You know that feeling when you finish a game and have no idea what the hubbub about it was, as you not only feel like you missed something, you do not feel any substantial emotion about any aspect of the game. The feeling where your time may as well have evaporated instead of playing the game despite the game not being actively boring? Well, despite going in optimistically, that is what I felt about Gravity Ghost, a year old puzzle game I decided to play because it was recommended by the lovely Laura Kate Dale.
Gravity Ghost Review
Platforms: PC(Reviewed), Mac, Linux, PS4
Developer/Publisher: Ivy Games
Gravity Ghost is about a young, I believe to be, Native American girl who died, became a ghost, and is left to explore a series of planetoids in search of stars, not actual stars, the five pointed ones, while solving various gravity based puzzles. Granted, I use that term very loosely, as I truly did not feel like I was solving puzzles while playing Gravity Ghost. If anything, it felt like I was going through very simplistic platforming stages and fumbling my way to victory, which was oddly made an increasingly easy task as the game went on and the main character receives new abilities.
Just about every stage revolves around you locating a star, jumping for it, manipulating the gravity of planetoids, collecting the star, and then leaving. It is simple, and I never felt like there was any extensive thought or challenge to the gameplay, excluding a few sections that were either based on positioning objects in the right location, or hitting a string of objects in a given allotment of time. Is it fun? Well, it is for a few stages, but I quickly became disinterested about a third of the way through, and the new abilities only bore me as I received every one of them.
You can eventually control your weight while flying through a voice, becoming heavier or lighter, do an infinite number of jumps, dash, or phase through entire objects. I’m not entirely sure if there is a single stage where you need to use these abilities, and aside from performing certain speedrun feats, I see little point in the lot of them. I feel similarly about the elemental powers you obtain, which allow you to change the composition of any planetoid, when most elements are completely unnecessary to complete the game aside from unlocking the ending, where you need to use all six elements once, but do not take advantage of the mechanics they introduce.
Or in summation, the gameplay is very humdrum, easy, and does not make use of the mechanics it introduces. It can be relaxing, true, but the mellowness of the gameplay is often counteracted by the potentially finicky gravity mechanics, which can become annoying in certain stages. Heck, I am tempted to use the damning word of boring to describe the gameplay, as I was going through the motions as I went through the final third of the game, barely thinking about the puzzles or registering them before I grabbed the star and left the stage.
At times, doing so was a shame as the game does try rather hard to captivate the player with its visuals, adopting a distinctive art style that reminds me of chalk drawings for the characters, and a wide array of colorful backdrops for the main game, at least if I exclude the stages where the background was a black screen. I do like the general designs as well, which draw on sources not commonly seen in games, and there is a sense of grandeur given to the experience by the main character’s ever growing hair, which follows her path, albeit a bit jaggedly. Yet, for whatever reason, the game chooses to zoom in and focus on the human characters in its cutscenes, who are the least interesting looking character, placed against an often monotone backdrop, and have limited facial animations and lip movements.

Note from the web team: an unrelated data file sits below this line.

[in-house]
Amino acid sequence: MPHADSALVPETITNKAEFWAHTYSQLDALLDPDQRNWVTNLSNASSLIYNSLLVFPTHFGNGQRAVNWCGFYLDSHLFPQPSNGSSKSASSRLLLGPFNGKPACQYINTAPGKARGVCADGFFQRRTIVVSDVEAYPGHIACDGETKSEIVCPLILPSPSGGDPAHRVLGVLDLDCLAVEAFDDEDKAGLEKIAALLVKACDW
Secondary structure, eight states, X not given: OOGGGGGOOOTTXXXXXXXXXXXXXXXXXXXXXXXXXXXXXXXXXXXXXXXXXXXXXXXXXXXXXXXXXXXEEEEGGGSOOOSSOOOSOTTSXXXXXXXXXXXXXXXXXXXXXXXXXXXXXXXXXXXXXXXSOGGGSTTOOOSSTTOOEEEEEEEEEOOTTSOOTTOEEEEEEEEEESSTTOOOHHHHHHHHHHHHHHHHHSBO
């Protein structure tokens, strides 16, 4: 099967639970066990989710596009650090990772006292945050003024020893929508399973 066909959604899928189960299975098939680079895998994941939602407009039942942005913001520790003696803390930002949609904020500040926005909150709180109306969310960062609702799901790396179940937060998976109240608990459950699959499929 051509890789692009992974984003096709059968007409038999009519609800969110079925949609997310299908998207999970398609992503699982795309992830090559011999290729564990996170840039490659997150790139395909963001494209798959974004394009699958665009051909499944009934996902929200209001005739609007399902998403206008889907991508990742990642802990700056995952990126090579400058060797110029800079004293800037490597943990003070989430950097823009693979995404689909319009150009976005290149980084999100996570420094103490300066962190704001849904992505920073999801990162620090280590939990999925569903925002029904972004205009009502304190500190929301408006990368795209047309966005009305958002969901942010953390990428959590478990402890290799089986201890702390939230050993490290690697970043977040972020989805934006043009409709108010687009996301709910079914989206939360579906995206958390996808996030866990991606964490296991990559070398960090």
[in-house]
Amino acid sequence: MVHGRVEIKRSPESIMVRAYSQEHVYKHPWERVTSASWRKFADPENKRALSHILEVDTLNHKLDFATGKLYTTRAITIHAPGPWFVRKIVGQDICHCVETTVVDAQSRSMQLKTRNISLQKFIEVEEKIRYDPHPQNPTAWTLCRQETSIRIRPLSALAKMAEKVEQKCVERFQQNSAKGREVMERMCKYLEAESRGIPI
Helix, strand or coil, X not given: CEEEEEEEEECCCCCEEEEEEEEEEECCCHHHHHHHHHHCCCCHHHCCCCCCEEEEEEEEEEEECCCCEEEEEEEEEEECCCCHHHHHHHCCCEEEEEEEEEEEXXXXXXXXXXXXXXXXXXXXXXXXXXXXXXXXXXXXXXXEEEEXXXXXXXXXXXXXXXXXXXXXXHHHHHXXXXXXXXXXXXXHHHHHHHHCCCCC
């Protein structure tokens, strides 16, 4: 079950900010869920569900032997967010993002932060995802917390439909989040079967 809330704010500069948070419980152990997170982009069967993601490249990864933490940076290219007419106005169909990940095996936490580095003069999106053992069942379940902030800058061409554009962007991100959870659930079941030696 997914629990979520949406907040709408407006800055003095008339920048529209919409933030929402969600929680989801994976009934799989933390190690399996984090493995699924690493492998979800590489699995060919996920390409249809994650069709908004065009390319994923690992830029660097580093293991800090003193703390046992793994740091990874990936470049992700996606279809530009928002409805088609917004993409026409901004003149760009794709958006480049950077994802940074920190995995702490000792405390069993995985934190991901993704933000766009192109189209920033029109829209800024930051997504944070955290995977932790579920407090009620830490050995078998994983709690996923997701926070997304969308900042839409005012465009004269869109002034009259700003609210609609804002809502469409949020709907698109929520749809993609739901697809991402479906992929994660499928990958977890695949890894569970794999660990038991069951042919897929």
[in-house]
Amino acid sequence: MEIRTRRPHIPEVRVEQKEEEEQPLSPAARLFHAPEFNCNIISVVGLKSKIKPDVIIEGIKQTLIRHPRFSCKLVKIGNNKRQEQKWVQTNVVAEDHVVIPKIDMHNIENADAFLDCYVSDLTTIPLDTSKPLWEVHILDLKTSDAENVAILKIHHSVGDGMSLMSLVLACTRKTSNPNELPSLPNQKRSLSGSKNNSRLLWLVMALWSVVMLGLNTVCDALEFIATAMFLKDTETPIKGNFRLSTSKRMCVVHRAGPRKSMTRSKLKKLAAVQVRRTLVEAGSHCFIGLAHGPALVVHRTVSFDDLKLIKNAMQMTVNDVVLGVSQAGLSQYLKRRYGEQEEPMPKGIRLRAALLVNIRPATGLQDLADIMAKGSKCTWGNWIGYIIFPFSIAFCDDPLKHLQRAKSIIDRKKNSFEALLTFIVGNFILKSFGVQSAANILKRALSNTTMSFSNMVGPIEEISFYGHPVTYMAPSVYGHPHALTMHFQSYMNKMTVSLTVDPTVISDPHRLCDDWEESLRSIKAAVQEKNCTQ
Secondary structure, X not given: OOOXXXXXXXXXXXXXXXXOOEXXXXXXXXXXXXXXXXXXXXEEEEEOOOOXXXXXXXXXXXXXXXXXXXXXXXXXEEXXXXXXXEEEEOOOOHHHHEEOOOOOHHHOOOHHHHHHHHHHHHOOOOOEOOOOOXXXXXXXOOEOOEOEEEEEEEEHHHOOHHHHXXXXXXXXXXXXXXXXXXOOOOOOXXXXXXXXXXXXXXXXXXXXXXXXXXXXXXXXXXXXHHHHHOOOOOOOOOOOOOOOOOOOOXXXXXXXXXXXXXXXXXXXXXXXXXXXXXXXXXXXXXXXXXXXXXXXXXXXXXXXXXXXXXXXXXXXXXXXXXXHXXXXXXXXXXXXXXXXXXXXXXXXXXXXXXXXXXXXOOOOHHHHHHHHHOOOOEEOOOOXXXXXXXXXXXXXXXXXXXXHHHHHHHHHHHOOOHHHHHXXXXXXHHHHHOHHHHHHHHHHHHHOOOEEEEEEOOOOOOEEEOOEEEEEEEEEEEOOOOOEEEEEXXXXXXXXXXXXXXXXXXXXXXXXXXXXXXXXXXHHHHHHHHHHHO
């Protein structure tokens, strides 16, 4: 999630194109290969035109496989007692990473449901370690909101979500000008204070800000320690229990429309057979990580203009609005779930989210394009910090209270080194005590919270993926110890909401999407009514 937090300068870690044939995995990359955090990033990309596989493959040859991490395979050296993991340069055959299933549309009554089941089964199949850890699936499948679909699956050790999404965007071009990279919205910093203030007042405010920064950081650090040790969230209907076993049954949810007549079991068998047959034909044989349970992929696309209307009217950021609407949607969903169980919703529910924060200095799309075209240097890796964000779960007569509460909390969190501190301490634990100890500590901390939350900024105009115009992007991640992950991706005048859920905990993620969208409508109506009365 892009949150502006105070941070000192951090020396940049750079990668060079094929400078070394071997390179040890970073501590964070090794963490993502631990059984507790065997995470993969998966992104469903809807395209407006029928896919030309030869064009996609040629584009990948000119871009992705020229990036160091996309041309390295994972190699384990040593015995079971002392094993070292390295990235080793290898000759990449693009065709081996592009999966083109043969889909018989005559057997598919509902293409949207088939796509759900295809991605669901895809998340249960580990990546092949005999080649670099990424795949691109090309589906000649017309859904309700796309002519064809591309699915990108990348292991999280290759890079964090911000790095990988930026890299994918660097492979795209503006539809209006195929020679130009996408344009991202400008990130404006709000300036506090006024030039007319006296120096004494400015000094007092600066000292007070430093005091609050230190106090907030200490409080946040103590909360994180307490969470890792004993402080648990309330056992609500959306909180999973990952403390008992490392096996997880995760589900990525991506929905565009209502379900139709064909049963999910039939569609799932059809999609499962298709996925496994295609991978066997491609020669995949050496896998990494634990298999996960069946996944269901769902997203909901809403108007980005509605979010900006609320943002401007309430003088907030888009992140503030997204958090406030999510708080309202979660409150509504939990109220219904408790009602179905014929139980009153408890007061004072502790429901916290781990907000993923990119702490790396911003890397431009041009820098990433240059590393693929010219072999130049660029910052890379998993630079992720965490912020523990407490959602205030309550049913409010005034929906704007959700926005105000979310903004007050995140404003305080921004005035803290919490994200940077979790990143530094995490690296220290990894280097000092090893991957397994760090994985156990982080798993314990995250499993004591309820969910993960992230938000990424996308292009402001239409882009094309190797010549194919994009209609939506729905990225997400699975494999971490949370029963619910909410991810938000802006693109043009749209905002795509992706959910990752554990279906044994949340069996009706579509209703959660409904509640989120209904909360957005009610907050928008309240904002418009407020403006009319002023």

Naturally a story comes with these cutscenes, and I honestly did not get what its appeal was intended to be. It is told fragmented, and lacks a proper introduction to its cast, or anything that truly explains their situations or roles. Heck, I barely understand what happened given how events can easily be discovered out of order. I had little clue where the story was going until the final quarter of the game, and I stopped caring around that point. I did not care about any of the characters, let alone remember their names, and what happened to them was not interesting or striking enough for me to care. The story was not bad, it was just forgettable and disinteresting for the most part.
Actually, I do remember some of the dialog and inflections made by Ashly Burch, who voices several characters in the game. Partially because I like her as a voice actress, and partially because her voicework is not very fitting for a game supposedly set in 1946, as the terminology and manner of speaking are discerningly modern. In fact, this problem extends to much of the script, which is written in a very modern dialect.
I feel like I am being dismissive when I feel this apathetic towards a game, like I’m missing the big picture, or not quite getting what the creative team intended to express. While there can be some interesting ties to purgatory and perhaps some deeper meaning in the story, I nonetheless found the game to be a slog in regards to actually playing it, which is rather concerning given how I doubt it took me a full three hours to clear. I do see a sort of charm to its tone and overall presentation, but I feel like gained little to nothing by playing Gravity Ghost.